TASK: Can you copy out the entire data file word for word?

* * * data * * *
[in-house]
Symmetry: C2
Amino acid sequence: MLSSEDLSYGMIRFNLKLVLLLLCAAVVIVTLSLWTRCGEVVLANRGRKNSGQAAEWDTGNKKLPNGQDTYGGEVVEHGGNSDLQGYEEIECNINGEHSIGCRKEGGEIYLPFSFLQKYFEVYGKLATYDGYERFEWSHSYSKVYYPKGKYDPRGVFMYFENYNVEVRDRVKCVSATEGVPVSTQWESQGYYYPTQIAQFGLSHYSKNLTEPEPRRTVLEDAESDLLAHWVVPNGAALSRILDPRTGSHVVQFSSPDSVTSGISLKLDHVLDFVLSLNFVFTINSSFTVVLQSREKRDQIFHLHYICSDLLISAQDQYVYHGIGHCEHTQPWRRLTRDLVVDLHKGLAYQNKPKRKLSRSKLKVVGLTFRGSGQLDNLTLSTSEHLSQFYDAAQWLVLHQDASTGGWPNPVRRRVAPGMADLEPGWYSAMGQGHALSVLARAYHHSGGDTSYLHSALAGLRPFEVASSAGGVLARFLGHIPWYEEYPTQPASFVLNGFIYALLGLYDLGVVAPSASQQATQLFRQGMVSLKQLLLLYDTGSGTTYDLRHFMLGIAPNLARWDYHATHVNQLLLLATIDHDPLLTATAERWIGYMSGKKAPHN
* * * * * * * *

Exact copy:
[in-house]
Symmetry: C2
Amino acid sequence: MLSSEDLSYGMIRFNLKLVLLLLCAAVVIVTLSLWTRCGEVVLANRGRKNSGQAAEWDTGNKKLPNGQDTYGGEVVEHGGNSDLQGYEEIECNINGEHSIGCRKEGGEIYLPFSFLQKYFEVYGKLATYDGYERFEWSHSYSKVYYPKGKYDPRGVFMYFENYNVEVRDRVKCVSATEGVPVSTQWESQGYYYPTQIAQFGLSHYSKNLTEPEPRRTVLEDAESDLLAHWVVPNGAALSRILDPRTGSHVVQFSSPDSVTSGISLKLDHVLDFVLSLNFVFTINSSFTVVLQSREKRDQIFHLHYICSDLLISAQDQYVYHGIGHCEHTQPWRRLTRDLVVDLHKGLAYQNKPKRKLSRSKLKVVGLTFRGSGQLDNLTLSTSEHLSQFYDAAQWLVLHQDASTGGWPNPVRRRVAPGMADLEPGWYSAMGQGHALSVLARAYHHSGGDTSYLHSALAGLRPFEVASSAGGVLARFLGHIPWYEEYPTQPASFVLNGFIYALLGLYDLGVVAPSASQQATQLFRQGMVSLKQLLLLYDTGSGTTYDLRHFMLGIAPNLARWDYHATHVNQLLLLATIDHDPLLTATAERWIGYMSGKKAPHN